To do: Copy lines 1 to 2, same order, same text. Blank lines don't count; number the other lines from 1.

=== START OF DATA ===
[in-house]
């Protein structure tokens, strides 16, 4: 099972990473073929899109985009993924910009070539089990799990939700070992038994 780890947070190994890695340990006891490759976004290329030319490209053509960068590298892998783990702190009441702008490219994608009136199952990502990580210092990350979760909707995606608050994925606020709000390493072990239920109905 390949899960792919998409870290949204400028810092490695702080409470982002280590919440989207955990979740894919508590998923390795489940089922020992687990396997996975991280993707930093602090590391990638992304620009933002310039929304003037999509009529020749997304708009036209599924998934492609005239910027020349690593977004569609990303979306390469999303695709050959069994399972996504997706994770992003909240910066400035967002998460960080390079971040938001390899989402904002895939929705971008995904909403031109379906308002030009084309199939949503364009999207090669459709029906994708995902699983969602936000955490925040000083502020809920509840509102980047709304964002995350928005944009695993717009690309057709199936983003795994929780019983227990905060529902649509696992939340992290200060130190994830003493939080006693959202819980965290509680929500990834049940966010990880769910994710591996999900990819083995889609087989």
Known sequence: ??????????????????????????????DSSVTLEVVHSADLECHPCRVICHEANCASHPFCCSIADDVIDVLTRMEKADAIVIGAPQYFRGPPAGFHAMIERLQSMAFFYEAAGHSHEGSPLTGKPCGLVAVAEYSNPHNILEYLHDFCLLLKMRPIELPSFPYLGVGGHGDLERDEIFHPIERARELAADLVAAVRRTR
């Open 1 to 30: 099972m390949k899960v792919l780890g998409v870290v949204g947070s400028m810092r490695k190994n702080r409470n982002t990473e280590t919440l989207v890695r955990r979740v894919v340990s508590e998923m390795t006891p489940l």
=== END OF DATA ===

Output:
[in-house]
């Protein structure tokens, strides 16, 4: 099972990473073929899109985009993924910009070539089990799990939700070992038994 780890947070190994890695340990006891490759976004290329030319490209053509960068590298892998783990702190009441702008490219994608009136199952990502990580210092990350979760909707995606608050994925606020709000390493072990239920109905 390949899960792919998409870290949204400028810092490695702080409470982002280590919440989207955990979740894919508590998923390795489940089922020992687990396997996975991280993707930093602090590391990638992304620009933002310039929304003037999509009529020749997304708009036209599924998934492609005239910027020349690593977004569609990303979306390469999303695709050959069994399972996504997706994770992003909240910066400035967002998460960080390079971040938001390899989402904002895939929705971008995904909403031109379906308002030009084309199939949503364009999207090669459709029906994708995902699983969602936000955490925040000083502020809920509840509102980047709304964002995350928005944009695993717009690309057709199936983003795994929780019983227990905060529902649509696992939340992290200060130190994830003493939080006693959202819980965290509680929500990834049940966010990880769910994710591996999900990819083995889609087989």